Two Views of Woodstock:Cape Town – “Upscaling” vs “Gentrification”

Here are two opposed views of the regeneration of an old area of Cape Town, Woodstock,   it seems inevitable that any upgrading or regeneration effort  runs the risk  being labeled ‘gentrification’ with its negative connotations of poor locals being forced out by profit hungry developers. It seems ironic that in many of these cases the developers are out-of-work young professionals who seeing the opportunity, make the best of their creativity, contacts and by hard work get the thing going in the face of enormous odds. Only once they have made the area acceptably safe and more economically viable, does the area become the target for  developers to enter the market and the price of rents, land etc become a problem as the “poor”  landowning residents decide to cash in and sell their properties.

The   first post by Ravi Naidoo is the positive and development oriented “neo-liberal” view of things, from Dezeen and Mini World Tour

“South Africa has always had an Upscaling Culture”

In the second part of our tour around Cape Town, Design Indaba founder Ravi Naidoo shows us the former industrial suburb of Woodstock, which the city’s design community has recently made its home, and explains the importance of upcycling in South African design."South Africa has always had an upcycling culture"“If you have 36 hours in Cape Town and time is at a premium, you have to head down to Woodstock,” says Naidoo. It is an area of Cape Town three kilometres from the city centre that has undergone an “extreme makeover” in recent years and is now home to an array of arts, craft, fashion and design studios and shops, as well as cafés and restaurants.

"South Africa has always had an upcycling culture"

Naidoo takes us to The Old Biscuit Mill, a 19th-century biscuit factory in the heart of Woodstock, which was redeveloped in 2005 by Kristof Basson Architects, and where many of the designers that present their work at theDesign Indaba Expo are now based. It also hosts a weekly food market that draws crowds from across the city every Saturday.

"South Africa has always had an upcycling culture"

The Old Biscuit Mill recently underwent its second phase of redevelopment, converting the old  flour silo into six storeys of mixed-use space, which now houses the Cape Town Creative Academy as well as a new penthouse restaurant called The Pot Luck Club by leading South African chef Luke Dale-Roberts.

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Laura Wenz’s post,  while  more “gentrification” orientated, examines some of the problems and attempts to mitigate the negative effects from Daily Maverick

Woodstock’s urban renewal: Much more at stake than the loss of parking

In South Africa, the phenomenon of gentrification is commonly associated with the resurrection of downtown Johannesburg and the rebirth of Woodstock in Cape Town. Both areas share a common denominator for gentrification: a growing middle class with disposable incomes and a taste for all things designer. And both fail to support government’s claim that it is creating inclusive cities for all, writes LAURA A WENZ.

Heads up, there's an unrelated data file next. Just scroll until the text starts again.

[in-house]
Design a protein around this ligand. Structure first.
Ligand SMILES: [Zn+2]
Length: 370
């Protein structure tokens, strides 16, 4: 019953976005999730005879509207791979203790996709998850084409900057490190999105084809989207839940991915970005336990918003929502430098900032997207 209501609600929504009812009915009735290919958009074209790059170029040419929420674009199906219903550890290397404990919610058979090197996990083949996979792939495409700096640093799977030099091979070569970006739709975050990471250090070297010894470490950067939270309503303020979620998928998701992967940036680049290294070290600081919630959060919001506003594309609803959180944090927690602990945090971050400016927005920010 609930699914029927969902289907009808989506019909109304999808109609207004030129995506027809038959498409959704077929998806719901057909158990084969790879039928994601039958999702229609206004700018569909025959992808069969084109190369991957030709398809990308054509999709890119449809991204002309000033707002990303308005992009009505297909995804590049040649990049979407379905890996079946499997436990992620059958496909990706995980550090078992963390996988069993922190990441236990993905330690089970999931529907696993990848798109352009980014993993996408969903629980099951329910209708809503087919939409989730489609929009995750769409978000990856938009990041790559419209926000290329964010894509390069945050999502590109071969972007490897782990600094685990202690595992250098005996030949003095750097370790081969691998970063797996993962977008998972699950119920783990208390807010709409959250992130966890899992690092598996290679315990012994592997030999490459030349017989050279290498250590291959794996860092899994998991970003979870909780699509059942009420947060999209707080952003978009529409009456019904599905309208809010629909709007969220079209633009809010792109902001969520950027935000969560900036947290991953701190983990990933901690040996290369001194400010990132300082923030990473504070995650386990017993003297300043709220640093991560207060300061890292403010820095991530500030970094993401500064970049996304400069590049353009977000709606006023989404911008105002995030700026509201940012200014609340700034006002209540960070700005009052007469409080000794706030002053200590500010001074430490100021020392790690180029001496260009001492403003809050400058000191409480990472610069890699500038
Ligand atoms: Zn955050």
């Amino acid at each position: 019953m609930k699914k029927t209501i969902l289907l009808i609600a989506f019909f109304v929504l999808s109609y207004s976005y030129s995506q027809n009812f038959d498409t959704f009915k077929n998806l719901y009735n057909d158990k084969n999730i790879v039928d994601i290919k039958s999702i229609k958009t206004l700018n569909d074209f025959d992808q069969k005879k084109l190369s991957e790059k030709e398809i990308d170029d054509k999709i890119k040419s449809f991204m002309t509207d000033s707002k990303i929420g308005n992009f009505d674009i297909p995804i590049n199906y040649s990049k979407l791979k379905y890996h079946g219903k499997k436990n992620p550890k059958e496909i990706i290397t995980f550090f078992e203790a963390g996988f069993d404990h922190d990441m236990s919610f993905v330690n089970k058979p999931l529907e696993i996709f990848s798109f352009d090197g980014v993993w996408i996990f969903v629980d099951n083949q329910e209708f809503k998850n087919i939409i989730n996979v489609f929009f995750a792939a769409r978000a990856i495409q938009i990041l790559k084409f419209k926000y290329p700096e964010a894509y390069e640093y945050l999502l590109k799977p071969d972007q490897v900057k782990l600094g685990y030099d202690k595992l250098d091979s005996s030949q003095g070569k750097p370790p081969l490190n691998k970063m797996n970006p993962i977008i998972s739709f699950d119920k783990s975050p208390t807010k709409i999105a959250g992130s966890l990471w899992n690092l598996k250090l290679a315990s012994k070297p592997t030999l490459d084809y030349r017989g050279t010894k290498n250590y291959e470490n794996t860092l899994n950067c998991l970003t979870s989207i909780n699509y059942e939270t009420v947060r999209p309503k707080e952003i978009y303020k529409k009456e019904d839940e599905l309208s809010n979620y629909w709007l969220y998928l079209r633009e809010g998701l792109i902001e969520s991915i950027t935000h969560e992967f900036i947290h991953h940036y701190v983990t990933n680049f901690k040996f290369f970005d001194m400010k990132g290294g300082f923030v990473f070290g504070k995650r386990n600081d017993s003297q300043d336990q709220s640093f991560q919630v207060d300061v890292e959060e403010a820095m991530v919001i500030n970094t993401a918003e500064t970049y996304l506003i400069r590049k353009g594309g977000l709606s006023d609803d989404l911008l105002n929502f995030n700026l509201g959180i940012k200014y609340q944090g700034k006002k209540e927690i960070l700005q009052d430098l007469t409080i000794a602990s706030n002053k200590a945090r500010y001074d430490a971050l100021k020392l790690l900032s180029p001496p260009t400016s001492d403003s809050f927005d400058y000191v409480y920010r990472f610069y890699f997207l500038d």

“When I first moved to New York, it was dingy, disgusting, dirty, ugly, flea-ridden, stinky and altogether terrifying – but then sadly the whole city started to go uphill,” laments Ted Mosby, the naïve and inveterately romantic protagonist of the popular American TV-comedy series  How I met your Mother. His sentimental statement captures the glum irony of urban regeneration: Neighbourhoods with the right mix of historical flair, cosmopolitan ambience and urban decay perpetually attract students, young professionals and artists in search of cheap rent and inspiration.

Armed with the best intentions and an undaunted can-do attitude, these pioneers set out to make their newly adopted working-class neighbourhood an even better one, praising its “gritty charm” and “original character” while they open coffee shops and organic eateries. Only too late do they realise that property developers have been watching them closely and once the word on the potential value of the once hidden gem is out, land prices shoot through the roof, artists exit through the gift shop and long-time residents end up on their stoep, door locked firmly behind them.

woodstock bromwell door

Photo: Bromwell Boutique Mall, with close-up of doorman.

Rising property values are often too readily assumed to benefit local home-owners, while in fact they have put severe strain on old-established residents, who have had to cope with rising municipal rates due to property re-evaluation. According to the Anti-Eviction Campaign, some families have not been able to afford the escalating rates, leading to their eviction and removal to‘Blikkiesdorp’.  This infamous Temporary Relocation Area (TRA) – a not-so-glamorous World Cup legacy – has been repeatedly slammed by human rights groups for its inhumane living conditions.